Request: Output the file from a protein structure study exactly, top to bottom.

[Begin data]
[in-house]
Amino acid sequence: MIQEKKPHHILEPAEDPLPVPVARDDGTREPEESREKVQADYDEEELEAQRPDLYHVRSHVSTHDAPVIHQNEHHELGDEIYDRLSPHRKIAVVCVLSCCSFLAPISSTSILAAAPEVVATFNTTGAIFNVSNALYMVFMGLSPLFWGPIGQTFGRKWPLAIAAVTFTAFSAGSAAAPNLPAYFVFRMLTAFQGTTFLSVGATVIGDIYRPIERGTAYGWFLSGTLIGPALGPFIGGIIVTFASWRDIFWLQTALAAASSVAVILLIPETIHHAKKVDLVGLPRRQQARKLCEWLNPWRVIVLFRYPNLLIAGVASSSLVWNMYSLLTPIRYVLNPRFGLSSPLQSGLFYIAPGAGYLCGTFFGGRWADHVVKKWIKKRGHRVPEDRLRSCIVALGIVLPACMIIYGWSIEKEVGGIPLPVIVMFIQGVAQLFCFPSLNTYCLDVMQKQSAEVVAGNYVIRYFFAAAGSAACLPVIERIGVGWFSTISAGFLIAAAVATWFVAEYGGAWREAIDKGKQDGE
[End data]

[in-house]
Amino acid sequence: MIQEKKPHHILEPAEDPLPVPVARDDGTREPEESREKVQADYDEEELEAQRPDLYHVRSHVSTHDAPVIHQNEHHELGDEIYDRLSPHRKIAVVCVLSCCSFLAPISSTSILAAAPEVVATFNTTGAIFNVSNALYMVFMGLSPLFWGPIGQTFGRKWPLAIAAVTFTAFSAGSAAAPNLPAYFVFRMLTAFQGTTFLSVGATVIGDIYRPIERGTAYGWFLSGTLIGPALGPFIGGIIVTFASWRDIFWLQTALAAASSVAVILLIPETIHHAKKVDLVGLPRRQQARKLCEWLNPWRVIVLFRYPNLLIAGVASSSLVWNMYSLLTPIRYVLNPRFGLSSPLQSGLFYIAPGAGYLCGTFFGGRWADHVVKKWIKKRGHRVPEDRLRSCIVALGIVLPACMIIYGWSIEKEVGGIPLPVIVMFIQGVAQLFCFPSLNTYCLDVMQKQSAEVVAGNYVIRYFFAAAGSAACLPVIERIGVGWFSTISAGFLIAAAVATWFVAEYGGAWREAIDKGKQDGE